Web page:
“On the advice of counsel, I invoke my Fifth Amendment privilege against self-incrimination and respectfully decline to answer your question” is pretty much all Martin Shkreli said during his appearance before the House Committee on Oversight earlier Thursday, and he said it over and over and over. In fact, he answered only two questions: one to confirm that a committee member had pronounced his name correctly (yes), and one to confirm he was listening (also yes). Thanks to a subpoena, Shkreli was there to testify before the committee about drug pricing; while he was CEO of Turing Pharmaceuticals, the company increased the price of Daraprim, which is used to treat infections in HIV patients, from $13 a pill to $750 a pill, leading to hardships for patients, very large profits for his company, and a public hazing that left Shkreli slightly less well-liked than, say, Osama bin Laden.
Shkreli resigned from Turing in December after he was arrested for fraud over a hedge fund he managed from 2009 to 2014, but despite committee members’ promises that they wouldn’t discuss anything related to his indictment, he pleaded the Fifth on all subjects. He also smirked his way through the hearing, which his lawyer attributed to “nervous energy” (you’re in way over your head, dude) but is more likely due to the fact that Shkreli is a humongous nightmare of a person.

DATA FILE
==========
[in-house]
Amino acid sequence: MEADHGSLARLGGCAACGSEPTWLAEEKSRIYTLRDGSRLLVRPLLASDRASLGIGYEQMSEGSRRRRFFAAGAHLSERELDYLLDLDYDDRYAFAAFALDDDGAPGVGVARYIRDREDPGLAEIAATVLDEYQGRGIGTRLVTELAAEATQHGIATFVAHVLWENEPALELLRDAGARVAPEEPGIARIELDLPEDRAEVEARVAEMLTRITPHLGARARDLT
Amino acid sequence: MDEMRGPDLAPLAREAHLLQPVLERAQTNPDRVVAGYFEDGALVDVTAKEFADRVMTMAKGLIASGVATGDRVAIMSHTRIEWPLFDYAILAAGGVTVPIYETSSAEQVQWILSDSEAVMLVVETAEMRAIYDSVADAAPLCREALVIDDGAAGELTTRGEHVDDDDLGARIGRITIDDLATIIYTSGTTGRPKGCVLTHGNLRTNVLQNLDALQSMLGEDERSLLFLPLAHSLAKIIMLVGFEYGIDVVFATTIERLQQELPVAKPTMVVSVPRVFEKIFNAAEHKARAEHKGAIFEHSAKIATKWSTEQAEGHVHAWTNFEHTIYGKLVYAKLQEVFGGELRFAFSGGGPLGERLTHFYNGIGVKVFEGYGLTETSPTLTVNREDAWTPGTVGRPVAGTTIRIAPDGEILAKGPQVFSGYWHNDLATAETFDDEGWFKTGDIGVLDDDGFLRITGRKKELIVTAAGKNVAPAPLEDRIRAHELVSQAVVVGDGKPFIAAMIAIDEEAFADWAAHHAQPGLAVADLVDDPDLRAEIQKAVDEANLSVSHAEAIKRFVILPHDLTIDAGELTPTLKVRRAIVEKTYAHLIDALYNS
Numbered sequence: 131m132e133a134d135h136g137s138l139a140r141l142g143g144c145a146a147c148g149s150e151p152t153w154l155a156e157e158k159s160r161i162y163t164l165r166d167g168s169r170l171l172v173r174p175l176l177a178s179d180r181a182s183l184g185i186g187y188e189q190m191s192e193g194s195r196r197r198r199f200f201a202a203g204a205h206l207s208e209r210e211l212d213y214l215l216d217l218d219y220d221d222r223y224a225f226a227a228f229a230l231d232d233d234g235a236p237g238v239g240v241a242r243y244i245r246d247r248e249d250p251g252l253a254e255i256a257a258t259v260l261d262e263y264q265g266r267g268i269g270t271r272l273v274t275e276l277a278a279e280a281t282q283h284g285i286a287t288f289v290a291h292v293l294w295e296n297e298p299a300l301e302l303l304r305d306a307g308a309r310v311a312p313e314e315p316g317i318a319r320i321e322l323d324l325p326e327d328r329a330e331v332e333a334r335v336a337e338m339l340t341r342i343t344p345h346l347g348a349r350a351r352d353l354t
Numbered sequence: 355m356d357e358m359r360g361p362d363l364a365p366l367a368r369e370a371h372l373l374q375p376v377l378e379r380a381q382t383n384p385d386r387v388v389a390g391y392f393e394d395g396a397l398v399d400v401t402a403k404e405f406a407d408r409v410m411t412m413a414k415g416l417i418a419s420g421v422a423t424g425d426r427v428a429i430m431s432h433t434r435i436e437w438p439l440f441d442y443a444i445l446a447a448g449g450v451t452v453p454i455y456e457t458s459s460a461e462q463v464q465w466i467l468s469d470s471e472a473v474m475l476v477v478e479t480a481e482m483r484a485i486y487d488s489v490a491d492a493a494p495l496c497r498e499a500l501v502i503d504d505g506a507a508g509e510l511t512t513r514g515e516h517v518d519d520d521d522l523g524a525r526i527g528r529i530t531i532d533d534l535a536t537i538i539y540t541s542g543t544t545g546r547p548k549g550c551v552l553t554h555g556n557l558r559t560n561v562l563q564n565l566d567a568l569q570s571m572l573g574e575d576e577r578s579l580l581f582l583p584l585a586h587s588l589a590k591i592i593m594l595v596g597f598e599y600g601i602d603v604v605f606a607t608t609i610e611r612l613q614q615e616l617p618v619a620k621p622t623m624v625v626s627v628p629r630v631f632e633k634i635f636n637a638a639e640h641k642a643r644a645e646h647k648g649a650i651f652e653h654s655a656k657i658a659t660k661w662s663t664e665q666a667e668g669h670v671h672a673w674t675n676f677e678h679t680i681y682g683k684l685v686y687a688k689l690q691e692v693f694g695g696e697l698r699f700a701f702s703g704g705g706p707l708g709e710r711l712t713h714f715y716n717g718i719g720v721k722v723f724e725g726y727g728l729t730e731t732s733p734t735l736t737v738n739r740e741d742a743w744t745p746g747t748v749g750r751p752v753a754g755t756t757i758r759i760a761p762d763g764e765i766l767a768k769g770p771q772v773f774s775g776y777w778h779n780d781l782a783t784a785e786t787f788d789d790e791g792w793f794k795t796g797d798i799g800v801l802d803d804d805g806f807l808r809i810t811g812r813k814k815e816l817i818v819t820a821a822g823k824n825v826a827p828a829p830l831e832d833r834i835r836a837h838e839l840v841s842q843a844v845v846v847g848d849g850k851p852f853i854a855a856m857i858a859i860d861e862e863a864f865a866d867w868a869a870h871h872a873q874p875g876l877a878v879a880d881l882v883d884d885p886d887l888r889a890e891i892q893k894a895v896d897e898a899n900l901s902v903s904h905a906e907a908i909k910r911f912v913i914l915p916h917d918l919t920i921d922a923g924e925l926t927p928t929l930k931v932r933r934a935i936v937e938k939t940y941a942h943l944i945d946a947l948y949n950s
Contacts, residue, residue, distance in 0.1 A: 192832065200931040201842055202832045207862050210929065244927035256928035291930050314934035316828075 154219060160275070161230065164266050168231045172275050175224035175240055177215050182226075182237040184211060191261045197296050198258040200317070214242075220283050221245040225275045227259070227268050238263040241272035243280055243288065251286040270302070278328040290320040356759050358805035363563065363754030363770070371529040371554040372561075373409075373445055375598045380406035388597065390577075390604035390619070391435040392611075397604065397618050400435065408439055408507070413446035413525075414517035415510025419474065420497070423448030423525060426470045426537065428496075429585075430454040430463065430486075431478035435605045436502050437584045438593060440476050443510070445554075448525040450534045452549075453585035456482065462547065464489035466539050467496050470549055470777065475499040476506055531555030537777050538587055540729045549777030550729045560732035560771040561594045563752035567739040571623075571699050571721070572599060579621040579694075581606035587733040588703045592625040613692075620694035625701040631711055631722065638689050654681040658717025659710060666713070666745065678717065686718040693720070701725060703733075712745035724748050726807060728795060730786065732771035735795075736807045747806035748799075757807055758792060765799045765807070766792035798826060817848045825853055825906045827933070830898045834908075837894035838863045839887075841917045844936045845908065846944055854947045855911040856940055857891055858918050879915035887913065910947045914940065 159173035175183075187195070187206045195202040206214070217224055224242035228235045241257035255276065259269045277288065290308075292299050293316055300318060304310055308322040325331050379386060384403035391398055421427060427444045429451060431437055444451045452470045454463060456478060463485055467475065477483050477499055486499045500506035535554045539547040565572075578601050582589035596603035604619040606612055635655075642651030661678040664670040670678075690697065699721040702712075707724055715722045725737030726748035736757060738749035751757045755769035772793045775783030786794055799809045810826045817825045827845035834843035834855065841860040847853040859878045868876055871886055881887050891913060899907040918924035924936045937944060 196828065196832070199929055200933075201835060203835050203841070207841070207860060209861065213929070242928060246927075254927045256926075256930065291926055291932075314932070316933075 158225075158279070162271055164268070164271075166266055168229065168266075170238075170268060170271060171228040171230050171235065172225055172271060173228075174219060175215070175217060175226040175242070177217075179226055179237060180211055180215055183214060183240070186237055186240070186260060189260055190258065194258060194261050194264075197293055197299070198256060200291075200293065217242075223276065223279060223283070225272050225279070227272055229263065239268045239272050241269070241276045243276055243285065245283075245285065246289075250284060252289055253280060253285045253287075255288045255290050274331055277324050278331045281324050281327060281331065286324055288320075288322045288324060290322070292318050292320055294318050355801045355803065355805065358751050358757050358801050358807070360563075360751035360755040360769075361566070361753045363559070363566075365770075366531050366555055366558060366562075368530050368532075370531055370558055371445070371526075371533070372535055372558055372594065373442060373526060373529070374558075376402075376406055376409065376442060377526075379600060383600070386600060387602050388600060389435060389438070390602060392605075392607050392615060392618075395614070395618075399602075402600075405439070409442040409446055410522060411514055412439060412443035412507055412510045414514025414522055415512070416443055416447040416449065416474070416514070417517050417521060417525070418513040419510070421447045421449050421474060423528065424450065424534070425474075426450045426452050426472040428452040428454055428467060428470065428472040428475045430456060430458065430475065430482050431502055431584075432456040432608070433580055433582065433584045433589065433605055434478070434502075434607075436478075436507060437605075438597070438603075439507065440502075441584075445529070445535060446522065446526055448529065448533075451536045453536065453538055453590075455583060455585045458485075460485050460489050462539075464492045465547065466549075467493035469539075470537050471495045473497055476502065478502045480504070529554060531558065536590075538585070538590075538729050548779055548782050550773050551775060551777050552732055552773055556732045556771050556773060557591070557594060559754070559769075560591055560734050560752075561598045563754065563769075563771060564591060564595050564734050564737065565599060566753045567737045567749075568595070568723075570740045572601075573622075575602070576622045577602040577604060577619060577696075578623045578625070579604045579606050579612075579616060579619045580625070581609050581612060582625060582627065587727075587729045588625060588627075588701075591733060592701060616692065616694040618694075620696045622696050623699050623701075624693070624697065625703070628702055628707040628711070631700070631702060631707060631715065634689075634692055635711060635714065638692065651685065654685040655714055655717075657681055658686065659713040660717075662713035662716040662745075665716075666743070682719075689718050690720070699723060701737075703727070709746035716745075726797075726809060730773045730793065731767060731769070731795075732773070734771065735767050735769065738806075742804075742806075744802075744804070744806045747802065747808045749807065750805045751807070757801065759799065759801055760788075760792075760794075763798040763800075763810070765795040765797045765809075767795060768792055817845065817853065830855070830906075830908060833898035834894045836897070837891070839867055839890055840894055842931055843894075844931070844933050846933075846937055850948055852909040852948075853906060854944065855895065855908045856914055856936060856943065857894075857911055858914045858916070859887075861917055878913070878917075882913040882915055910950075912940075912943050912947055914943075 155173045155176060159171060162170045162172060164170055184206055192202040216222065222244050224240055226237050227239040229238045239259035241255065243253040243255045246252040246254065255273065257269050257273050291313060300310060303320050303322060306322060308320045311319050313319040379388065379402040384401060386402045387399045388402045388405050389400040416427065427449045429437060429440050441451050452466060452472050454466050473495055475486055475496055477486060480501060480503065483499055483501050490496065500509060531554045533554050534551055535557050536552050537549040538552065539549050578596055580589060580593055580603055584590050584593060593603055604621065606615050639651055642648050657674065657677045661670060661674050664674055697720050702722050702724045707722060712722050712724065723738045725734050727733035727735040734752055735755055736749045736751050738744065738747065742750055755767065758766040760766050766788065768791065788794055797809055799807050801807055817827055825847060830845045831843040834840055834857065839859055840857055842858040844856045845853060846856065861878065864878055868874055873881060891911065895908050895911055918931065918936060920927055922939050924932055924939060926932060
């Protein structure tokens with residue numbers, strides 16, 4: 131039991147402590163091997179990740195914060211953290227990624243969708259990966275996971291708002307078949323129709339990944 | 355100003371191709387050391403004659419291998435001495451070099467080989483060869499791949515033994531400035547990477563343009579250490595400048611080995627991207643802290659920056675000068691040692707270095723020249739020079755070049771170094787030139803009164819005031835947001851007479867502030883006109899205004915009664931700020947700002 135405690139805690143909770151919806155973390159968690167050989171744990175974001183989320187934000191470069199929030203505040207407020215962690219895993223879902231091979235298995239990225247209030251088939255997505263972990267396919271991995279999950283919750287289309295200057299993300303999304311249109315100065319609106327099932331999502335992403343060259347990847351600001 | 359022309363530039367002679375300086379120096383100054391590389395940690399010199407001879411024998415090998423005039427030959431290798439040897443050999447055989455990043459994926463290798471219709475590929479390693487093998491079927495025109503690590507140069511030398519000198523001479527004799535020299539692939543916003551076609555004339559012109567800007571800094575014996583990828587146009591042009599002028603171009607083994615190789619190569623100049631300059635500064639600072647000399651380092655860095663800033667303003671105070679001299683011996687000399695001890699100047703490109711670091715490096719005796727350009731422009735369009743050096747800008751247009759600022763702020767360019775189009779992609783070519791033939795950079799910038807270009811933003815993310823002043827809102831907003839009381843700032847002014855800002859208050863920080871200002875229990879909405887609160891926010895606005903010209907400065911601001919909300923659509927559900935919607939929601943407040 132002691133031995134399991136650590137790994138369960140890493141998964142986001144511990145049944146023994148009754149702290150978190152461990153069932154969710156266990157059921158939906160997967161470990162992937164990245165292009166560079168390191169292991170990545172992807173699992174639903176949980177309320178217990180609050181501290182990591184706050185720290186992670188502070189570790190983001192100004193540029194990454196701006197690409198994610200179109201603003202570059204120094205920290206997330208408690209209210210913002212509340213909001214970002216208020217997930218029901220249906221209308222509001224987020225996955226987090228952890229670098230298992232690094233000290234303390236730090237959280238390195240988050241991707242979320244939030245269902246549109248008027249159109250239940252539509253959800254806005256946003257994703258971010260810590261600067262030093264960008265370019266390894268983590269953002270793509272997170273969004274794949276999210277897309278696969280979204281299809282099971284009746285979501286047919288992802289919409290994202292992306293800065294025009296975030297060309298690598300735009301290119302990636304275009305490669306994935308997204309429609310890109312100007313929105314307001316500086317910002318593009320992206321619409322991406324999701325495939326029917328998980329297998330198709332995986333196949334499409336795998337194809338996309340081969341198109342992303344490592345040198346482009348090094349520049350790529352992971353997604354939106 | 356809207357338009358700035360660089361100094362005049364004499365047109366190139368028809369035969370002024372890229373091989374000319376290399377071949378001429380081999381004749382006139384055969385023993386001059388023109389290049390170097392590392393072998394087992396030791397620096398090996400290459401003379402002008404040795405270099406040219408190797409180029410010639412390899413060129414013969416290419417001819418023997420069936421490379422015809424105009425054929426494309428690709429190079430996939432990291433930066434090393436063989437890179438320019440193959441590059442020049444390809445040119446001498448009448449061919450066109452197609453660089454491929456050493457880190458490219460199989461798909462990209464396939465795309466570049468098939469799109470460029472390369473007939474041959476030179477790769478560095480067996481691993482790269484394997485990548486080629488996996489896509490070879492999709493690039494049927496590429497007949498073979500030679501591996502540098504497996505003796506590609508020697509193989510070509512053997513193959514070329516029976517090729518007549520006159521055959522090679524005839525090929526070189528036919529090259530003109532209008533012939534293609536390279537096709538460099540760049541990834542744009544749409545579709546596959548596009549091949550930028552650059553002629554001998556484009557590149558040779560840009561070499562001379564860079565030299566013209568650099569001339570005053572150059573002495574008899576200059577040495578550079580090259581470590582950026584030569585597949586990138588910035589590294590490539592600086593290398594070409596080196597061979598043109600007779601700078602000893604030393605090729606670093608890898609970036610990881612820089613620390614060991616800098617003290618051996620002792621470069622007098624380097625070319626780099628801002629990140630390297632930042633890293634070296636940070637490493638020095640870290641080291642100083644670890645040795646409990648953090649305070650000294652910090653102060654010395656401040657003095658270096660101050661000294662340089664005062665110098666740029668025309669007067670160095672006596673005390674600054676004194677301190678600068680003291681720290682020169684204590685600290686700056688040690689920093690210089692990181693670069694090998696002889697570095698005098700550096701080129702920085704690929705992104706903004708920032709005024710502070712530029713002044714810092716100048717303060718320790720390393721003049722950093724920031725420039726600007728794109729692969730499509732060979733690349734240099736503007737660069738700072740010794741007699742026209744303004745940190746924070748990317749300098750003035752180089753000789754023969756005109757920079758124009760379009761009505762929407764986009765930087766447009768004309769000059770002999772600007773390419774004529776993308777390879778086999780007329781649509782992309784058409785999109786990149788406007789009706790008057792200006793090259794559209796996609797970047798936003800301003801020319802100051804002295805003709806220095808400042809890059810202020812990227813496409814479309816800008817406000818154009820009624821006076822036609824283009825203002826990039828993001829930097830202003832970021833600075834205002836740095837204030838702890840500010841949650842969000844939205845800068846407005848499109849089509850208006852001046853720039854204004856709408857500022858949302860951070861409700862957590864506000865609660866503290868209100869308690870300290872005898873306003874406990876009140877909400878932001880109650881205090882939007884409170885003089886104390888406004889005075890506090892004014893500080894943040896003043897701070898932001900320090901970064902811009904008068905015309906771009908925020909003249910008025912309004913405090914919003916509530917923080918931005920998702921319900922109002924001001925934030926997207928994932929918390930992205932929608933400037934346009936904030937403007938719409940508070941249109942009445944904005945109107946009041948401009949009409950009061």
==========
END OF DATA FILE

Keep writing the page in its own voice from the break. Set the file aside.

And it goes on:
Several committee members attempted to question Shkreli anyway. Representative Jason Chaffetz, the committee chair, asked him probing questions such as “What do you say to that single pregnant woman who might have AIDS, no income — she needs Daraprim in order to survive?” and “Do you think you’ve done anything wrong?” Representative Trey Gowdy tried to coax Shkreli into a response, assuring him he wouldn’t be forced to answer incriminating questions. When Shkreli again refused, Gowdy declared himself to be “vexed.”
Representative Elijah Cummings didn’t even bother with questions, instead pleading with Shkreli to “make a difference in so many people’s lives.” You can imagine how well that went. At the end of the session, Representative John Mica moved to hold him in contempt of court — “I don’t think I’ve ever seen the committee treated with such contempt” were his exact words — but Chaffetz declined.
After less than ten minutes of questioning, Shkreli was dismissed. But don’t worry, guys — it’s all part of a social experiment.